[19] To the extent Connecticut's petition for rule making can be interpreted as a request to have the Secretary repeal or revoke the summer flounder FMP, a three-quarters majority of the voting members on the Council would be needed before the Secretary could take such action. See 16 U.S.C. § 1854(h).

[20] The Magnuson-Stevens Act does not put an affirmative burden on the Secretary to obtain the best scientific information available concerning the impact of the various quota alternatives on the summer flounder fishery. See Washington Crab Producers, 924 F.2d at 1444; Massachusetts v. Daley, 10 F. Supp. 2d 74, 77 (D.Mass.1998).

[21] A coast wide quota system similar to Connecticut's suggested coast wide quota alternative for summer flounder was recently enacted for scup, a species of fish with similar migratory patterns as the summer flounder. See Amendment to Scup Commercial Quota Harvest, 62 Fed.Reg. 27,978 (1997) (to be codified at 50 C.F.R. pt. 648). The scup FMP took eighteen years to develop and was amended immediately after it was approved. See id. Like the summer flounder's state-by-state quota system, the scup coast wide quota system is also the subject of dispute. See Massachusetts v. Daley, 10 F. Supp. 2d 74 (D.Mass.1998).

[22] This is the same study submitted to the Secretary in support of Connecticut's petition for rule making.

[23] One person at the Management Board meeting summed up this critique of the Technical Report by stating:

"Given that Mr. Chairman, it seems that [there] is [a] fundamental flaw [in] Amendment 11. It takes one piece of information and attempts to use that to reallocate the resource when there are five or six other problems or pieces of information that should be looked at in concert that have been offered by half of the people sitting around this Board over the past four months, things like availability of the fish or distribution by size, changes in market, the fact that some states had rules in place like bans on trawling or mesh sizes that affect landings in their states. All of these things are being ignored in favor of a single data set." Record A11 at Ex. (b) p. 11 (commentary by Jack Travelstead).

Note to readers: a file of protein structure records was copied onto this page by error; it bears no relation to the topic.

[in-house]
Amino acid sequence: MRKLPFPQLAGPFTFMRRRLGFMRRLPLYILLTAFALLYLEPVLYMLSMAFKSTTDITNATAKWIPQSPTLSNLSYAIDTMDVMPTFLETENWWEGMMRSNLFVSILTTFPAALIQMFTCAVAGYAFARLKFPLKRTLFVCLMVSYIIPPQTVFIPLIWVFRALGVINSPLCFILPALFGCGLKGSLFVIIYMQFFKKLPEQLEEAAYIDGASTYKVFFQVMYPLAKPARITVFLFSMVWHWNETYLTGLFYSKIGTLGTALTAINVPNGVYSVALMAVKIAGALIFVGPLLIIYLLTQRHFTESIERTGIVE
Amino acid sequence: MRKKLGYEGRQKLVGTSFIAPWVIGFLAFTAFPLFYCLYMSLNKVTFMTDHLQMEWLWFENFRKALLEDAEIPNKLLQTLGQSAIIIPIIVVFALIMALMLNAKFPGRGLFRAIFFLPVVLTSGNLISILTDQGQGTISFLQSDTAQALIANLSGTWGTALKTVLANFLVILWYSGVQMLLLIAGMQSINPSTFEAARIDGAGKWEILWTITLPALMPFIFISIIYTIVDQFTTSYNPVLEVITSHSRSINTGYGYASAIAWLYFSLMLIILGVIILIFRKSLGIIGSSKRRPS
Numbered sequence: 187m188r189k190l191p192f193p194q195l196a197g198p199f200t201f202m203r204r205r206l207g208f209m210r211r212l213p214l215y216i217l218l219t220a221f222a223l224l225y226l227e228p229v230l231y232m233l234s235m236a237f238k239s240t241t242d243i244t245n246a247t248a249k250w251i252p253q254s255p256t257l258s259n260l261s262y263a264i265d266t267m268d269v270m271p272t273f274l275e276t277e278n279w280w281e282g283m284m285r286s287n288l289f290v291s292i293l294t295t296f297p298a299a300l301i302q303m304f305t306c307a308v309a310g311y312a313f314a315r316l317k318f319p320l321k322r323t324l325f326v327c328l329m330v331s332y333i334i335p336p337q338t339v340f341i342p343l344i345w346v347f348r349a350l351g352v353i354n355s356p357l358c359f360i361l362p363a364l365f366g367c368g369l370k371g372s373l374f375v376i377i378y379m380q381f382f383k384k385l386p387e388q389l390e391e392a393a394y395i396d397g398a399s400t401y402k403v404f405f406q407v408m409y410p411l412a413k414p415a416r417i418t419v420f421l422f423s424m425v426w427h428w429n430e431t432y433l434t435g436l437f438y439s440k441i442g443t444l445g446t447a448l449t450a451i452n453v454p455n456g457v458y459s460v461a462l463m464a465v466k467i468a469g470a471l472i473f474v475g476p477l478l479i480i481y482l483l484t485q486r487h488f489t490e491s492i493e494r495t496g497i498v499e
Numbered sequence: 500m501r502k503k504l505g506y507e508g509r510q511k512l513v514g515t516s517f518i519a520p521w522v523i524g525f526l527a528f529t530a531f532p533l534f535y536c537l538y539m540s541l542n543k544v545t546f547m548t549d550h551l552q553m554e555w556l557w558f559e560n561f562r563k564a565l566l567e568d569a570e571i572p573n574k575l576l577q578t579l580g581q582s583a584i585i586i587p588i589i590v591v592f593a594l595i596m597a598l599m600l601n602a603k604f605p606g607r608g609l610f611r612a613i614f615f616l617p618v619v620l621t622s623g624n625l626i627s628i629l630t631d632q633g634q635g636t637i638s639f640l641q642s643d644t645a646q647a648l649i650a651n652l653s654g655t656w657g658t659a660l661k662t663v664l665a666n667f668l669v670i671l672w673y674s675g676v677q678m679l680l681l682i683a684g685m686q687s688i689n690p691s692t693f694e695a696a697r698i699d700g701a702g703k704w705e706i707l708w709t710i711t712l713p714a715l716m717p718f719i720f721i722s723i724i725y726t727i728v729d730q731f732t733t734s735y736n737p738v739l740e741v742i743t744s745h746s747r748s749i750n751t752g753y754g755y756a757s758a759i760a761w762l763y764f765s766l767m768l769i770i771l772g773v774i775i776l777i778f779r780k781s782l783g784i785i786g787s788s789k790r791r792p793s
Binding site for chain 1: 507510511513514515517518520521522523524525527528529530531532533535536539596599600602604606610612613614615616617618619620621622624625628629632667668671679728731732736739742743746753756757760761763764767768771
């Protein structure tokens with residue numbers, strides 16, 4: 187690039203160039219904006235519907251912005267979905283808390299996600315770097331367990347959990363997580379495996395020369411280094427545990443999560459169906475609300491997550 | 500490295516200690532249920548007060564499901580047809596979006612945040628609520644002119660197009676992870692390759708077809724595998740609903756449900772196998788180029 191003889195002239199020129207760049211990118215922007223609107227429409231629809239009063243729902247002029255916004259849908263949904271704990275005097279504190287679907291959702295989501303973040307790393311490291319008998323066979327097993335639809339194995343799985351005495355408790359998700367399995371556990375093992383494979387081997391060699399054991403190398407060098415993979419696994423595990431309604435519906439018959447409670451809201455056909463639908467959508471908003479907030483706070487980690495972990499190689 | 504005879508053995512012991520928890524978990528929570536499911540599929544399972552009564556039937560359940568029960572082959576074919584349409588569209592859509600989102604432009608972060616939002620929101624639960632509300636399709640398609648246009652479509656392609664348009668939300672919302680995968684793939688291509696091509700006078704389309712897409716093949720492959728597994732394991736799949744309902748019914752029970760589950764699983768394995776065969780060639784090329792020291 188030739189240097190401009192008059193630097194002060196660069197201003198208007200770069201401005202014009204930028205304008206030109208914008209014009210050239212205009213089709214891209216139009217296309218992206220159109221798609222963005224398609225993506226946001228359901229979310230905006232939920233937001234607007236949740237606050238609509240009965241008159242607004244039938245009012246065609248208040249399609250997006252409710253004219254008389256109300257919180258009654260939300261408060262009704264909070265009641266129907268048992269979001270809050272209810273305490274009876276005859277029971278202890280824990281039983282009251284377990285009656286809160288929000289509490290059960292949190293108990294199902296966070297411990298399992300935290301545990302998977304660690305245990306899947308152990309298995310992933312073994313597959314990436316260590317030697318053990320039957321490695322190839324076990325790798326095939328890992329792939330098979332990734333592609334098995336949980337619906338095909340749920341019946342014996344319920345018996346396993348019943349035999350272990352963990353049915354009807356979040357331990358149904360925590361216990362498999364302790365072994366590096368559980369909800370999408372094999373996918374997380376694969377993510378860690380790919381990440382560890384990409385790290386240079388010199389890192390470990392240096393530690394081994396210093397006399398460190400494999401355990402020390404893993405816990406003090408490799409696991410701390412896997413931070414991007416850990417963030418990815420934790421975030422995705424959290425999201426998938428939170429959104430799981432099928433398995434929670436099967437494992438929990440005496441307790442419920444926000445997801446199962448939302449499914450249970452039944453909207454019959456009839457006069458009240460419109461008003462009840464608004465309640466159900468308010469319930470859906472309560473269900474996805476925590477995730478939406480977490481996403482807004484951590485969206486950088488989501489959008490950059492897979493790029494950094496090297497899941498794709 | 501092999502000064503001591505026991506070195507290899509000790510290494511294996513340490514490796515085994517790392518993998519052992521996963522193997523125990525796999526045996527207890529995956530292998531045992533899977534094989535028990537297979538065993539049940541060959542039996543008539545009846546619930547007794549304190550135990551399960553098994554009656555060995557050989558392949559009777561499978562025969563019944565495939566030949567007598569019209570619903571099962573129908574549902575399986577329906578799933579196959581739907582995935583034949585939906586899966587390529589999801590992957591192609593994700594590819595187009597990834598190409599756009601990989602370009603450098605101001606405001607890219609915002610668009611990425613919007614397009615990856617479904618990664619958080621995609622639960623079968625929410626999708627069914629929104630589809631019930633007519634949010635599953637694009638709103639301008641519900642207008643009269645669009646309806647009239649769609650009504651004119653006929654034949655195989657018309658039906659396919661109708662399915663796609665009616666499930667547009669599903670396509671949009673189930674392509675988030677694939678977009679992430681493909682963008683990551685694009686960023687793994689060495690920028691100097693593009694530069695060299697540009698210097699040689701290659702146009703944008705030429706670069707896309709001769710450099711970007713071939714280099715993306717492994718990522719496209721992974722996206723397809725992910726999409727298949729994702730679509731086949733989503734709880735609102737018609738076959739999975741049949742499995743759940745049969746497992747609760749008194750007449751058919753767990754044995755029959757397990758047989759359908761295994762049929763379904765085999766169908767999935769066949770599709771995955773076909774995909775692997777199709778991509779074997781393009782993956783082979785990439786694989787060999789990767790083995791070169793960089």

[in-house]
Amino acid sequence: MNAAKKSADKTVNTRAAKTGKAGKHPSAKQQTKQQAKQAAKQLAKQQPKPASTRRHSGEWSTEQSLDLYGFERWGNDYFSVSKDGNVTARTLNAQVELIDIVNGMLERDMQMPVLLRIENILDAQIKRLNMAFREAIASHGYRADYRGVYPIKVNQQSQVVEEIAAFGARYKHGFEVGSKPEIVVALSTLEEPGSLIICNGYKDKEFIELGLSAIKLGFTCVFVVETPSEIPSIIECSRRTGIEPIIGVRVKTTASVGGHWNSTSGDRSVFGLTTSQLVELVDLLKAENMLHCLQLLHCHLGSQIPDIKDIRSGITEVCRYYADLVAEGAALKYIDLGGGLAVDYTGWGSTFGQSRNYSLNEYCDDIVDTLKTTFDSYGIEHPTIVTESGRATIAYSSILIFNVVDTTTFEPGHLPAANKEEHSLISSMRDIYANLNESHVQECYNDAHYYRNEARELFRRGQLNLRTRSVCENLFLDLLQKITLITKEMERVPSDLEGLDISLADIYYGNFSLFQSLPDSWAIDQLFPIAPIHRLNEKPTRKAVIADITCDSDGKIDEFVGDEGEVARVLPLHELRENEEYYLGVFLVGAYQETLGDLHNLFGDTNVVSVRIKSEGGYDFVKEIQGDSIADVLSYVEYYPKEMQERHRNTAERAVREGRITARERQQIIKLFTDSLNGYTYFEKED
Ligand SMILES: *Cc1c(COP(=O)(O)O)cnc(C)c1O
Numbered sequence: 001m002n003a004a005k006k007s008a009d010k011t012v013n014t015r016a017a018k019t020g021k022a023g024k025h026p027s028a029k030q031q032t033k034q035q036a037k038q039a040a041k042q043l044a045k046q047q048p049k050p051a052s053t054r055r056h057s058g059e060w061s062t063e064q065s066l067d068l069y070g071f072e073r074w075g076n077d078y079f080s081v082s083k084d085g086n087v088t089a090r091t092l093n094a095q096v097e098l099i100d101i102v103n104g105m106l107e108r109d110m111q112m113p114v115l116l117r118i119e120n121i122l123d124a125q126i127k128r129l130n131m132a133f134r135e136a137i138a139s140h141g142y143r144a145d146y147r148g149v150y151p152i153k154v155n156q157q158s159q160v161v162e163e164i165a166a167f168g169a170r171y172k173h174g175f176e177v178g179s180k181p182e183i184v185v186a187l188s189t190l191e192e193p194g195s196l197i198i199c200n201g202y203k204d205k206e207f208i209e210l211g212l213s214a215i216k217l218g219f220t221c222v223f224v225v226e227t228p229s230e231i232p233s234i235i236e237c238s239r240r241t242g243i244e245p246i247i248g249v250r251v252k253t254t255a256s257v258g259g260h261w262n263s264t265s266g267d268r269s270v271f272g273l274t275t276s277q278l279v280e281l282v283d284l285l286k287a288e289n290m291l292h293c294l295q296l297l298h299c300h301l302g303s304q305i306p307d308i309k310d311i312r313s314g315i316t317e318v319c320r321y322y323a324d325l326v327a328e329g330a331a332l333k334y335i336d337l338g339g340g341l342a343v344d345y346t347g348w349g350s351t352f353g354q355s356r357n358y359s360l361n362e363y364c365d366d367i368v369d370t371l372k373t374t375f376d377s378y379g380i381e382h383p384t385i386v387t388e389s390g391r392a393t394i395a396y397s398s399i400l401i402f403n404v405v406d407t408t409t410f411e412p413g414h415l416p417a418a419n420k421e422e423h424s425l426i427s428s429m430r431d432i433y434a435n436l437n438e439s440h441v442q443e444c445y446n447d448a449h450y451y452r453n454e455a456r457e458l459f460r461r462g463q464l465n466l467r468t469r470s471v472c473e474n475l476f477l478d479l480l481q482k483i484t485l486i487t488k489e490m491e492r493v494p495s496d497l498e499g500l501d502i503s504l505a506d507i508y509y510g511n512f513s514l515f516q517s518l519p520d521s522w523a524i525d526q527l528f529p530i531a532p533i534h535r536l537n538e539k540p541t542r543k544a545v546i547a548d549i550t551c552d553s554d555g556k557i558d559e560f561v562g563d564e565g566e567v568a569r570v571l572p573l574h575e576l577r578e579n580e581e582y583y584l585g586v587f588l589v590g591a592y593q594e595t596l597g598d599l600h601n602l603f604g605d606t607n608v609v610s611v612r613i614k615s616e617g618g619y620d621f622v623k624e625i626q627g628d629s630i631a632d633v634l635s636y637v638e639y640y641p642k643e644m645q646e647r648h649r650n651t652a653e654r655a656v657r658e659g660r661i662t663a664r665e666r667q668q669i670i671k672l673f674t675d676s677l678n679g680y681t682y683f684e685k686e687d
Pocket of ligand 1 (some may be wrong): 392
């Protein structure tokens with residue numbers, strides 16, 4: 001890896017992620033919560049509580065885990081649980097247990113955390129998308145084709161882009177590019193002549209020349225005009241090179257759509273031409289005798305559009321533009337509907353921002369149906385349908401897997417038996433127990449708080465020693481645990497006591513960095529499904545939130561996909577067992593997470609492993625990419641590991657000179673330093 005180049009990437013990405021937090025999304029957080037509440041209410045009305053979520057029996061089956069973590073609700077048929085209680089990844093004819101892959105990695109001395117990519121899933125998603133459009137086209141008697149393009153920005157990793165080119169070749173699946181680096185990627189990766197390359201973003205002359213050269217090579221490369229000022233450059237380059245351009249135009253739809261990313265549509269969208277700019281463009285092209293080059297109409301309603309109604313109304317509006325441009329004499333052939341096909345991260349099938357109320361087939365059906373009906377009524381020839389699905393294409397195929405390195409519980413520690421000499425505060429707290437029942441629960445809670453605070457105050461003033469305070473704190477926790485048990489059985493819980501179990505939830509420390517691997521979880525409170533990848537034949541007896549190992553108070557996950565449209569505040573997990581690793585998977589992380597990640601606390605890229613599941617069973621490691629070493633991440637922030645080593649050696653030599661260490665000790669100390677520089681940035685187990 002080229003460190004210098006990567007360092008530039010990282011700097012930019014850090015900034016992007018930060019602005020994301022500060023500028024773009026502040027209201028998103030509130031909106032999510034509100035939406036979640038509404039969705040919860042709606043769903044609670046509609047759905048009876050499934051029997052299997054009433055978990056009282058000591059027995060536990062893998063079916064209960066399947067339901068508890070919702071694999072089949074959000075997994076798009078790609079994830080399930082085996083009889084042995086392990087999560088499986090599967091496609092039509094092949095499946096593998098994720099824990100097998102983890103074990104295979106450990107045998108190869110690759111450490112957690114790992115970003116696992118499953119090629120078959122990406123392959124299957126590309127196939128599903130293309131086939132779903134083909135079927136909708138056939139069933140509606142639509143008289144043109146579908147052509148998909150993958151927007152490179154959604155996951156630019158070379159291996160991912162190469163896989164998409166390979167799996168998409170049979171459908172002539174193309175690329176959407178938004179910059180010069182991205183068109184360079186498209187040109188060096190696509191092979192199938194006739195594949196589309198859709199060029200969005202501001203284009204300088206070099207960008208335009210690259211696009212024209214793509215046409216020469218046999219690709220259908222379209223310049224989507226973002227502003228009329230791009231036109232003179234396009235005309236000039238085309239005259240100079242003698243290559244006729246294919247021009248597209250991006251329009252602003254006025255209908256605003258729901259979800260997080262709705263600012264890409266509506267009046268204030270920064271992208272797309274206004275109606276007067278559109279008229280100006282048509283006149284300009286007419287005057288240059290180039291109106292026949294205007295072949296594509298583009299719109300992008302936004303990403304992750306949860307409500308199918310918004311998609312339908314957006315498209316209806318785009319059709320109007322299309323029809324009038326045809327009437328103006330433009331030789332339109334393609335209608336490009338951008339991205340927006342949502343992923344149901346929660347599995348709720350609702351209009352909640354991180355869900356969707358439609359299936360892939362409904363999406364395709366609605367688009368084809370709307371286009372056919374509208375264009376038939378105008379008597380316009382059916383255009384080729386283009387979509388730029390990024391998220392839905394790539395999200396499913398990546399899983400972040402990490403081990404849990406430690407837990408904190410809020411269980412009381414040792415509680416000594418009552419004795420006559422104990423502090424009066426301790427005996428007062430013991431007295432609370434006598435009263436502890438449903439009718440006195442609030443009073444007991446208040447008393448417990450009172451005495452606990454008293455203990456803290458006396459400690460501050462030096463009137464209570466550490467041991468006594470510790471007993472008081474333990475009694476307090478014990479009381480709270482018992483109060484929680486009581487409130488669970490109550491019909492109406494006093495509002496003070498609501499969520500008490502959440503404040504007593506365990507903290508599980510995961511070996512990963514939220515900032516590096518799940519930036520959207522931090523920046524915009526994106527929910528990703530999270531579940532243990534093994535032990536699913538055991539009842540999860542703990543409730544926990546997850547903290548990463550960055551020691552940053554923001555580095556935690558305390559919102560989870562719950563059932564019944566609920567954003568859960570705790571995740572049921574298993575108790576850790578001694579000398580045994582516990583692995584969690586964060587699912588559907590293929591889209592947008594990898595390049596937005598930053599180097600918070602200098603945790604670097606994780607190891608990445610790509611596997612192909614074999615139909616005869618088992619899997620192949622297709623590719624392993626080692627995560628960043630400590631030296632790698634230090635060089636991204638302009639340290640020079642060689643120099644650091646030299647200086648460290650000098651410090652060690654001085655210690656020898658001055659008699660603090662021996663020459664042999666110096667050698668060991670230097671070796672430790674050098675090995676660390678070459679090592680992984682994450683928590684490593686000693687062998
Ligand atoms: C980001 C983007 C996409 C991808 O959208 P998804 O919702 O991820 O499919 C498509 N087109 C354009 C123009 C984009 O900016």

[24] It is also not arbitrary or capricious to choose to maintain a quota allocation method that considers historical landings patterns. Rather, that is one of the criteria that Congress said should be considered when establishing a limited access system. 18 U.S.C. § 1853(b) (6) (B).

[25] The fishing mortality rate is a statistical calculation that "expresses the depletion of the stock of fish attributable to fishers, whether by capture or discard of fatally wounded fish or otherwise, in a given year." Fishermen's Dock Co-op., Inc., 75 F.3d at 166.

[26] This is also down from the mortality rate for 1995, which was 1.5. Record A10 at 174.

[27] Biomass is defined as the total amount of living matter in a defined area or habitat. See Merriam Webster's Collegiate Dictionary 115 (10th ed.1997)

[28] Although the 1997 stock assessment report itself was not in the administrative record, Connecticut does not dispute the statistical findings in the report. The court, therefore, will treat the Secretary's reference to the data contained in the report as accurate. See Record Pet. at 137. The court does so separately, of course, from its consideration of Connecticut's dispute over the conclusions drawn by the Secretary from the collected data.

[29] Connecticut's complaint only challenges the quota allocation method under National Standard Four, not the decision to maintain the state-by-state quota system over a coast wide quota system.

[30] The Secretary does not have to conduct a formal "cost/benefit" analysis. Alaska Factory Trawler Ass'n, 831 F.2d at 1460; J.H. Miles & Co., 910 F. Supp. at 1155.